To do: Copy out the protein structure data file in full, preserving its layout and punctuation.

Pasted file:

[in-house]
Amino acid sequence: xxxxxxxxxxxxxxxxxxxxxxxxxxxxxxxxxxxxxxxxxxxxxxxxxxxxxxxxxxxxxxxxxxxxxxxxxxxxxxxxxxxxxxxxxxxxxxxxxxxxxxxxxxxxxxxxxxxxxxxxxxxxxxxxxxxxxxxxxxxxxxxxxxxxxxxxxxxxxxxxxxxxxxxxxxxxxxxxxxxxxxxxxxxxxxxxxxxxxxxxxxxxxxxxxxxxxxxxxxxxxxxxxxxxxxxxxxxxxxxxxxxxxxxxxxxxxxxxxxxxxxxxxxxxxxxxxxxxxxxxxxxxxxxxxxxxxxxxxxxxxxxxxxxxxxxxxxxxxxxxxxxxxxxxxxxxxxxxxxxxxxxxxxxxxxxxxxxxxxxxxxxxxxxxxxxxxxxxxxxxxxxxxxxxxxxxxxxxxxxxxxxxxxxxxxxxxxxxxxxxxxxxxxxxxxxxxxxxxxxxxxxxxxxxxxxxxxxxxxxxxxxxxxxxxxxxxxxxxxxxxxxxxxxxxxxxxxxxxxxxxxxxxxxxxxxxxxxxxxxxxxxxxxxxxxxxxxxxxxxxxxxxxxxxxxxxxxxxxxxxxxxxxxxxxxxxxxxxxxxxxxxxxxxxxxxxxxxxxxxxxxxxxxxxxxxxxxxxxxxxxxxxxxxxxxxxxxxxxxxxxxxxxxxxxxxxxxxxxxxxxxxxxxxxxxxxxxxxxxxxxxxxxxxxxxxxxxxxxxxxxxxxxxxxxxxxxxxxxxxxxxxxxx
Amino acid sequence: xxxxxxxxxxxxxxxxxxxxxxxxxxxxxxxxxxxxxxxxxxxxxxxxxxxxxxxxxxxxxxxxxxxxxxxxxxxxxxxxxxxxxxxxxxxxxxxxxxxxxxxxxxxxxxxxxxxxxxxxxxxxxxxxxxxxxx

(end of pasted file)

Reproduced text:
[in-house]
Amino acid sequence: xxxxxxxxxxxxxxxxxxxxxxxxxxxxxxxxxxxxxxxxxxxxxxxxxxxxxxxxxxxxxxxxxxxxxxxxxxxxxxxxxxxxxxxxxxxxxxxxxxxxxxxxxxxxxxxxxxxxxxxxxxxxxxxxxxxxxxxxxxxxxxxxxxxxxxxxxxxxxxxxxxxxxxxxxxxxxxxxxxxxxxxxxxxxxxxxxxxxxxxxxxxxxxxxxxxxxxxxxxxxxxxxxxxxxxxxxxxxxxxxxxxxxxxxxxxxxxxxxxxxxxxxxxxxxxxxxxxxxxxxxxxxxxxxxxxxxxxxxxxxxxxxxxxxxxxxxxxxxxxxxxxxxxxxxxxxxxxxxxxxxxxxxxxxxxxxxxxxxxxxxxxxxxxxxxxxxxxxxxxxxxxxxxxxxxxxxxxxxxxxxxxxxxxxxxxxxxxxxxxxxxxxxxxxxxxxxxxxxxxxxxxxxxxxxxxxxxxxxxxxxxxxxxxxxxxxxxxxxxxxxxxxxxxxxxxxxxxxxxxxxxxxxxxxxxxxxxxxxxxxxxxxxxxxxxxxxxxxxxxxxxxxxxxxxxxxxxxxxxxxxxxxxxxxxxxxxxxxxxxxxxxxxxxxxxxxxxxxxxxxxxxxxxxxxxxxxxxxxxxxxxxxxxxxxxxxxxxxxxxxxxxxxxxxxxxxxxxxxxxxxxxxxxxxxxxxxxxxxxxxxxxxxxxxxxxxxxxxxxxxxxxxxxxxxxxxxxxxxxxxxxxxxx
Amino acid sequence: xxxxxxxxxxxxxxxxxxxxxxxxxxxxxxxxxxxxxxxxxxxxxxxxxxxxxxxxxxxxxxxxxxxxxxxxxxxxxxxxxxxxxxxxxxxxxxxxxxxxxxxxxxxxxxxxxxxxxxxxxxxxxxxxxxxxxx